Open AccessThis article is distributed under the terms of the Creative Commons Attribution 4.0 International License (http://creativecommons.org/licenses/by/4.0/), which permits unrestricted use, distribution, and reproduction in any medium, provided you give appropriate credit to the original author(s) and the source, provide a link to the Creative Commons license, and indicate if changes were made. The Creative Commons Public Domain Dedication waiver (http://creativecommons.org/publicdomain/zero/1.0/) applies to the data made available in this article, unless otherwise stated.

Authors’ Affiliations

(1)
Laboratory of Genetics, Wisconsin Energy Institute, J. F. Crow Institute for the Study of Evolution, Genome Center of Wisconsin, University of Wisconsin-Madison
(2)
DOE Great Lakes Bioenergy Research Center, University of Wisconsin-Madison
(3)
Microbiology Doctoral Training Program, University of Wisconsin-Madison
(4)
Laboratorio de Microbiología Aplicada, Biotecnología y Bioinformática, Instituto Andino Patagónico de Tecnologías Biológicas y Geoambientales, IPATEC (CONICET-UNComahue), Centro Regional Universitario Bariloche
(5)
State Key Laboratory of Mycology, Institute of Microbiology, Chinese Academy of Sciences
(6)
Departement des Sciences Biologiques, Université de Montréal
(7)
Département de Biologie, PROTEO, Pavillon Charles-Eugène-Marchand, Institut de Biologie Intégrative et des Systèmes (IBIS), Université Laval
(8)
UCIBIO-REQUIMTE, Departamento de Ciências da Vida, Faculdade de Ciências e Tecnologia, Universidade Nova de Lisboa
(9)
Department of Genetics, Center for Genome Sciences and Systems Biology, Washington University in St. Louis

References

  1. British Petroleum. BP statistical review of world energy. London: British Petroleum; 2016.Google Scholar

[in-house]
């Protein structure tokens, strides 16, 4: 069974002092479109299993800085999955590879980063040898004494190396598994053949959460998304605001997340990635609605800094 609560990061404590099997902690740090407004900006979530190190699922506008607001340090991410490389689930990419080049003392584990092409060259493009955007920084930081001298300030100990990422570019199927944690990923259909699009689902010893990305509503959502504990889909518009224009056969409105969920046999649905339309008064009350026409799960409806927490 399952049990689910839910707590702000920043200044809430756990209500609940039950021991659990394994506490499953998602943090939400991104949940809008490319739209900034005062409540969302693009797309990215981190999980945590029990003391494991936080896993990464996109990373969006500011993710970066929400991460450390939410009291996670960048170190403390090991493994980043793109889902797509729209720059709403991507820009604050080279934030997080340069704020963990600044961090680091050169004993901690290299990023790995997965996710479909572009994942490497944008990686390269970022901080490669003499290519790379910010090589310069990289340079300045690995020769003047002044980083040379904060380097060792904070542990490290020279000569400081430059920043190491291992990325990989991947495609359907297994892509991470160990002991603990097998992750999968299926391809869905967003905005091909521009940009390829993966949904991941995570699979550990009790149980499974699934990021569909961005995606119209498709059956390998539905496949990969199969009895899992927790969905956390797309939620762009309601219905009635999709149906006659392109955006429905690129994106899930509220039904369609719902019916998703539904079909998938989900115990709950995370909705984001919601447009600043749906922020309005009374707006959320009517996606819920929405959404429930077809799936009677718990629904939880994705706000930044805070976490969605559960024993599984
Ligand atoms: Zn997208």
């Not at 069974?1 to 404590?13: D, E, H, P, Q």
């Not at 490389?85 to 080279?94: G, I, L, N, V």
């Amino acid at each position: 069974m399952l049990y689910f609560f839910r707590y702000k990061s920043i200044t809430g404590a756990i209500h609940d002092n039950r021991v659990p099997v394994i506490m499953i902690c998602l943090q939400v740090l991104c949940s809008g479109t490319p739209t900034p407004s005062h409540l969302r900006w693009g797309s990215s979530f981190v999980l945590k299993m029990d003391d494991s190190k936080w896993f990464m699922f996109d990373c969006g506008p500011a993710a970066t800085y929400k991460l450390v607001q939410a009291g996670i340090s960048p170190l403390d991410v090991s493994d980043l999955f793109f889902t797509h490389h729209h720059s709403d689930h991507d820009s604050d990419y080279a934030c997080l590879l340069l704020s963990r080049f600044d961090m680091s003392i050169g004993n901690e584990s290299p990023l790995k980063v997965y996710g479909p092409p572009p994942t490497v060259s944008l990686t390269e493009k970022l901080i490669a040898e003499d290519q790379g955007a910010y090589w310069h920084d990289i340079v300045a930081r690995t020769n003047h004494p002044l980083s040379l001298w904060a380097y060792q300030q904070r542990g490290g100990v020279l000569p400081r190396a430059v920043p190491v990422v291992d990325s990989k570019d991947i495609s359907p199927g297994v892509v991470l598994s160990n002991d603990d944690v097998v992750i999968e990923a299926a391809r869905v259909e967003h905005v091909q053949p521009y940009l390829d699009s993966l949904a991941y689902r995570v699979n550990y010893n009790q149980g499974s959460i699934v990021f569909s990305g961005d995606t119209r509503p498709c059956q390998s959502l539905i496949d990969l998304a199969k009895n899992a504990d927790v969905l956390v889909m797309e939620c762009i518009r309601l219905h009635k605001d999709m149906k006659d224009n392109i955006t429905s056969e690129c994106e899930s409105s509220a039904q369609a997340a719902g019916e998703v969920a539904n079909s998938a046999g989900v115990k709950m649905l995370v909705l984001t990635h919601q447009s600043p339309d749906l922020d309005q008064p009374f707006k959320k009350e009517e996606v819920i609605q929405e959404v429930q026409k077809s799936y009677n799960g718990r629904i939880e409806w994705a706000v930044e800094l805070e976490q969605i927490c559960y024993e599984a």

2. Intergovernmental Panel on Climate Change. Climate Change 2014: mitigation of climate change. New York: Cambridge University Press; 2015.Google Scholar
  3. Liao JC, Mi L, Pontrelli S, Luo S. Fuelling the future: microbial engineering for the production of sustainable biofuels. Nat Rev Microbiol. 2016;14:288–304.View ArticleGoogle Scholar
  4. Sims REH, Mabee W, Saddler JN, Taylor M. An overview of second generation biofuel technologies. Bioresour Technol. 2010;101:1570–80.View ArticleGoogle Scholar
  5. Klinke HB, Thomsen AB, Ahring BK. Inhibition of ethanol-producing yeast and bacteria by degradation products produced during pre-treatment of biomass. Appl Microbiol Biotechnol. 2004;66:10–26.View ArticleGoogle Scholar
  6. Olsson L, Hahn-Hägerdal B. Fermentation of lignocellulosic hydrolysates for ethanol production. Enzyme Microb Technol. 1996;18:312–31.View ArticleGoogle Scholar
  7. Jin M, Sarks C, Gunawan C, Bice B, Simonett S, Narasimhan RA, Willis L, Dale B, Balan V, Sato T. Phenotypic selection of a wild Saccharomyces cerevisiae strain for simultaneous saccharification and co-fermentation of AFEX™ pretreated corn stover. Biotechnol Biofuels. 2013;6:108.View ArticleGoogle Scholar
  8. Jeffries TW. Engineering yeasts for xylose metabolism. Curr Opin Biotechnol. 2006;17:320–6.View ArticleGoogle Scholar